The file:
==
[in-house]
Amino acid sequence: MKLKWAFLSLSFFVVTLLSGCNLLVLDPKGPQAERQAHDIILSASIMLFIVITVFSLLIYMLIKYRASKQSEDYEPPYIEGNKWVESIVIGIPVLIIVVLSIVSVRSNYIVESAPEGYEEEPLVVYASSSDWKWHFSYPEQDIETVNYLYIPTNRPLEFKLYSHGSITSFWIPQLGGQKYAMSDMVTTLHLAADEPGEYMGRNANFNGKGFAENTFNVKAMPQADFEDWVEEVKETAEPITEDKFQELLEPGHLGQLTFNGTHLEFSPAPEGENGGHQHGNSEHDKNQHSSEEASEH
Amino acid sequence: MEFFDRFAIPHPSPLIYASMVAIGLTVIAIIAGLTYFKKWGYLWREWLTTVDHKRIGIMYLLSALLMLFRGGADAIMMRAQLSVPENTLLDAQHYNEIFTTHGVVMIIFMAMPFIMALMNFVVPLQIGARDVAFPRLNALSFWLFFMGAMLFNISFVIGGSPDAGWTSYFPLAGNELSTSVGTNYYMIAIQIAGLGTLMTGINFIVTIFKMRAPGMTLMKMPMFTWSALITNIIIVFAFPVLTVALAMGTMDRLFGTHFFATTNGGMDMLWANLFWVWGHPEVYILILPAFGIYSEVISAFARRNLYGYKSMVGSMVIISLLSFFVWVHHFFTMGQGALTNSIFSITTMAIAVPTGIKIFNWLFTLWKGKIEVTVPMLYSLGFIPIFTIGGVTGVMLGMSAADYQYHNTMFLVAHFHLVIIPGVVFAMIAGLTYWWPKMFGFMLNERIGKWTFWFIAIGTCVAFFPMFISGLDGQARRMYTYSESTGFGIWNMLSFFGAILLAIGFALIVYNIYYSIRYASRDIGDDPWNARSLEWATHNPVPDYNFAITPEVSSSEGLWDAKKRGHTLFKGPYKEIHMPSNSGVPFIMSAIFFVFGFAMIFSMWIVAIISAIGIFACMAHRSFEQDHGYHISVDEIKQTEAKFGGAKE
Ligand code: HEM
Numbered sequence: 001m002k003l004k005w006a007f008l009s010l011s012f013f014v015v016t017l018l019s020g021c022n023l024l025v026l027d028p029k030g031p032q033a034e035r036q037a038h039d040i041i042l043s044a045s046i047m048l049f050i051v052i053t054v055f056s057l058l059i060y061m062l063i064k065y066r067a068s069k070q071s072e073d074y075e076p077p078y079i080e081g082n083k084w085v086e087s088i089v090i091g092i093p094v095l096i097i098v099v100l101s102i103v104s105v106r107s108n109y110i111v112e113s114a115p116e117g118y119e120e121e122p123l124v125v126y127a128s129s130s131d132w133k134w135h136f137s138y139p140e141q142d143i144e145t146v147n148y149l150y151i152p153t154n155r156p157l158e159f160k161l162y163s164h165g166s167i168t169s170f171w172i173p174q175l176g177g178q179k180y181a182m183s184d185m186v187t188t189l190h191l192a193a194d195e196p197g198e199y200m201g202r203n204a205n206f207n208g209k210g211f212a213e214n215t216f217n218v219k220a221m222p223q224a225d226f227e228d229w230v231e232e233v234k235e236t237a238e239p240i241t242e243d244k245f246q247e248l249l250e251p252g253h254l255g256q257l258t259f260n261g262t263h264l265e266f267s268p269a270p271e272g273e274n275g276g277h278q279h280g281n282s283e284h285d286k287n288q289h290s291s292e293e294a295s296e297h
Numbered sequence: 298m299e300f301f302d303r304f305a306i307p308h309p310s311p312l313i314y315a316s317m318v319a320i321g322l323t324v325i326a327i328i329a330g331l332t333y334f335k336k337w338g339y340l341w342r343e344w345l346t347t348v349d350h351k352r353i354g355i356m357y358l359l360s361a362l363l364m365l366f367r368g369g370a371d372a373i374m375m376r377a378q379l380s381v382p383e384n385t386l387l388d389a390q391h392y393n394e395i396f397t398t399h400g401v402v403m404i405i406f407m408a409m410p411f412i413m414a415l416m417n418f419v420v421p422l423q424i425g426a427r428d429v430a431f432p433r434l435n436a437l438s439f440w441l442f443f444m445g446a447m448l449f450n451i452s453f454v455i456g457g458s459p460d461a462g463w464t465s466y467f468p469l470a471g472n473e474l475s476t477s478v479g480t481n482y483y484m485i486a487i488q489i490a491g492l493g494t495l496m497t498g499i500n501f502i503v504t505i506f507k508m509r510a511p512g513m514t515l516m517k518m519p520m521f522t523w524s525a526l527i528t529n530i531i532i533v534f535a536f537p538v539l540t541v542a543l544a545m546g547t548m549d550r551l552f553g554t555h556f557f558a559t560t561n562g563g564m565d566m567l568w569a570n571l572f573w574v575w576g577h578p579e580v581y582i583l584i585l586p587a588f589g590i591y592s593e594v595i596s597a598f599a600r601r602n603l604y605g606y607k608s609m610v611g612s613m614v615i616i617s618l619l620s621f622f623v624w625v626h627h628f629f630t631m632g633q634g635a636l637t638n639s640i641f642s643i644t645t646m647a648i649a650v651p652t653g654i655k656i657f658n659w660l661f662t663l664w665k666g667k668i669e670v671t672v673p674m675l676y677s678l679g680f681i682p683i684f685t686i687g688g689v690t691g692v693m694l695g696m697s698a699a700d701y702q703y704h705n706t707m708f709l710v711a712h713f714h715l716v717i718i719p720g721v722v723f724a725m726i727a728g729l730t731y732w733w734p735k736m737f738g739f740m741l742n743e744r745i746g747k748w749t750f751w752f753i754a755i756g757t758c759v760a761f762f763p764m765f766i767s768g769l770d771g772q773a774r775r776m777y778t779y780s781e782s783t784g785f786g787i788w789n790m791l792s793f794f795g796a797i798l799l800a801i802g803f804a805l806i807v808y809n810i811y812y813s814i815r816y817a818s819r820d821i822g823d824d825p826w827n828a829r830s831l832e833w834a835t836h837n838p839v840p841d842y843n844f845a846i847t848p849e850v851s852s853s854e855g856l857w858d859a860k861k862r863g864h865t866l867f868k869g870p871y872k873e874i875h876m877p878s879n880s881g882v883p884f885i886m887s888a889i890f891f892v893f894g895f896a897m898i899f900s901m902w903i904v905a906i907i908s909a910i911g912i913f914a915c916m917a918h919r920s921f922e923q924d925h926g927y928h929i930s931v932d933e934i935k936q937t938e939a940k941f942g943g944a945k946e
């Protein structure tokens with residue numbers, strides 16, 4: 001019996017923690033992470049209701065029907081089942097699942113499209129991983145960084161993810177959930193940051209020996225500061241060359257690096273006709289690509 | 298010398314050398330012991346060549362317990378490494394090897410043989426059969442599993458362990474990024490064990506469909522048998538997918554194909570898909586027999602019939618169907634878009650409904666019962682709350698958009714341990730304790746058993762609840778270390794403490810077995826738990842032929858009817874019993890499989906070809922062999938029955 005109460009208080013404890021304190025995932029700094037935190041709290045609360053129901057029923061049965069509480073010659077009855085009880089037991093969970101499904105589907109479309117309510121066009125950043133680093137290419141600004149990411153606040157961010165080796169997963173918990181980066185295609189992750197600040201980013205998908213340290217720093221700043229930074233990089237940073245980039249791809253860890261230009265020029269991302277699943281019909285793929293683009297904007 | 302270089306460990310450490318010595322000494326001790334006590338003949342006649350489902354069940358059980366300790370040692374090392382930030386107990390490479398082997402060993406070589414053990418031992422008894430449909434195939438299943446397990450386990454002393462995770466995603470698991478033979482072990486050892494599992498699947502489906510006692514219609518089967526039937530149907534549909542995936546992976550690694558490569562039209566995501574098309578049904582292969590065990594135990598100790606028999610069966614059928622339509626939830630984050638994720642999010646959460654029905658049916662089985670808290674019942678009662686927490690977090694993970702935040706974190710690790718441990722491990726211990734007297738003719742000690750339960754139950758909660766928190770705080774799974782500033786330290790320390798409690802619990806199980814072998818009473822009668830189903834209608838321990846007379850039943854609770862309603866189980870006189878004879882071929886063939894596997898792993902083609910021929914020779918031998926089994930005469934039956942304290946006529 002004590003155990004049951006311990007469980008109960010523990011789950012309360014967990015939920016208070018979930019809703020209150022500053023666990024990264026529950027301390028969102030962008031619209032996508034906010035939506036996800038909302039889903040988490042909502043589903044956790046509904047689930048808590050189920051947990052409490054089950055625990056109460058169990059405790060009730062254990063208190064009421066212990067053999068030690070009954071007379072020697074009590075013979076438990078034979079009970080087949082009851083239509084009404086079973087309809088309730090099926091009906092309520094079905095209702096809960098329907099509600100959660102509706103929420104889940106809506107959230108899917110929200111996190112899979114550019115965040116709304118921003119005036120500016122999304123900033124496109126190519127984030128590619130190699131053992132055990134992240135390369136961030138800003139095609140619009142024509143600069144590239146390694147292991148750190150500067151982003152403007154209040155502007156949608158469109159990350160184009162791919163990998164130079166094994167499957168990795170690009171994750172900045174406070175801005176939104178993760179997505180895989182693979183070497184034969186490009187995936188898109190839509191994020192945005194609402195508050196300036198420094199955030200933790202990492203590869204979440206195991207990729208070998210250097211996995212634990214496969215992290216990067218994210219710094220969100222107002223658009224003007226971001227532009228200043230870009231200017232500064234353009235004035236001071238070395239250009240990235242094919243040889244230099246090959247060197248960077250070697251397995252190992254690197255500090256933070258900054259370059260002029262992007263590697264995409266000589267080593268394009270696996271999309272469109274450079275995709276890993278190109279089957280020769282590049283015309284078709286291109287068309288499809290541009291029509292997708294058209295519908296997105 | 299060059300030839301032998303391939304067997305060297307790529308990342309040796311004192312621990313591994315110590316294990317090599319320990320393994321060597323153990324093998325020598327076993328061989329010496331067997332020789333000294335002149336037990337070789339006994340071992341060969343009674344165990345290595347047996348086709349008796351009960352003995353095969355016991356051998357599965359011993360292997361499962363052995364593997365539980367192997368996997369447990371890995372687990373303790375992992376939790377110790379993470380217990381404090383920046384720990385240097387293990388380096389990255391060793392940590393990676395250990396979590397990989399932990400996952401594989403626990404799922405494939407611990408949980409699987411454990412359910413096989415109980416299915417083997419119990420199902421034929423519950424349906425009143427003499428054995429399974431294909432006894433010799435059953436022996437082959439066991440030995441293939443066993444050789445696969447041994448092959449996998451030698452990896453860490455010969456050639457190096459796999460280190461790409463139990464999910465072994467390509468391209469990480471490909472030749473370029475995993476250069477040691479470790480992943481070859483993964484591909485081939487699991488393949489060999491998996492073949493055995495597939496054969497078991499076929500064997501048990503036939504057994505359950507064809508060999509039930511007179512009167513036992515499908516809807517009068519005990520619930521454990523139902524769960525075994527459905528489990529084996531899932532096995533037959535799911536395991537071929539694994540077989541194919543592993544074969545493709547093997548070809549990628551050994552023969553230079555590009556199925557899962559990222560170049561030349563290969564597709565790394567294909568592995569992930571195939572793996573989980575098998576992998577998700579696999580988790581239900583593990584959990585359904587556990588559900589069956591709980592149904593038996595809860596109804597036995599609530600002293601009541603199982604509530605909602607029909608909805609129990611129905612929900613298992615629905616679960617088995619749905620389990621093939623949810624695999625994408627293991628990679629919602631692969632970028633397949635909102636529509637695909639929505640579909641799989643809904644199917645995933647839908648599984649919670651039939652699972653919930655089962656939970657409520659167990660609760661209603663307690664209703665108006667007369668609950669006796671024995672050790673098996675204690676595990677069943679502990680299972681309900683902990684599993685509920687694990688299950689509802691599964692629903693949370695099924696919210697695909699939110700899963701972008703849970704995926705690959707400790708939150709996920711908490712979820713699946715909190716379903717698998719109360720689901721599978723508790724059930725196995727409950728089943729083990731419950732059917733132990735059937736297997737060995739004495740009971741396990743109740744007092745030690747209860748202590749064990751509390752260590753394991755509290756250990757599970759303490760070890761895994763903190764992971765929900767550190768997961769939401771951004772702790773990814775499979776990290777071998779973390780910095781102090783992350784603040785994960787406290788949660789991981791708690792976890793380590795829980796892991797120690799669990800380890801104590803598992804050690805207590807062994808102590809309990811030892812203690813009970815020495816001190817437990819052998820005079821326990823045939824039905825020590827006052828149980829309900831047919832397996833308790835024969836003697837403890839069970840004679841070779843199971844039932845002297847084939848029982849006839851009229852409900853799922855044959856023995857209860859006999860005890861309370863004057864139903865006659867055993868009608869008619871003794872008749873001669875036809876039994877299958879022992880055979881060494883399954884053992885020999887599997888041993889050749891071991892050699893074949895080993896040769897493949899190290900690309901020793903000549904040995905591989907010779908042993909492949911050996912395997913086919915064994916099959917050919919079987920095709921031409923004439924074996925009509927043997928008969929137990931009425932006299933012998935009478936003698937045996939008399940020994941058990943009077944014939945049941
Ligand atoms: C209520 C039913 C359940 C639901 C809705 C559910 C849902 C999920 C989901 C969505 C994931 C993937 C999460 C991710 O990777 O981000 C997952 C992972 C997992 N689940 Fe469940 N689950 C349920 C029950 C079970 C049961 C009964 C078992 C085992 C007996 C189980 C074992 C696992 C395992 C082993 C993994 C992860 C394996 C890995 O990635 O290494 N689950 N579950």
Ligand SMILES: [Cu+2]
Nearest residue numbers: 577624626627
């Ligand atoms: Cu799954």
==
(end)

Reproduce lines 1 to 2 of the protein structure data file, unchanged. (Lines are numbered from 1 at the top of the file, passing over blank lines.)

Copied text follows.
[in-house]
Amino acid sequence: MKLKWAFLSLSFFVVTLLSGCNLLVLDPKGPQAERQAHDIILSASIMLFIVITVFSLLIYMLIKYRASKQSEDYEPPYIEGNKWVESIVIGIPVLIIVVLSIVSVRSNYIVESAPEGYEEEPLVVYASSSDWKWHFSYPEQDIETVNYLYIPTNRPLEFKLYSHGSITSFWIPQLGGQKYAMSDMVTTLHLAADEPGEYMGRNANFNGKGFAENTFNVKAMPQADFEDWVEEVKETAEPITEDKFQELLEPGHLGQLTFNGTHLEFSPAPEGENGGHQHGNSEHDKNQHSSEEASEH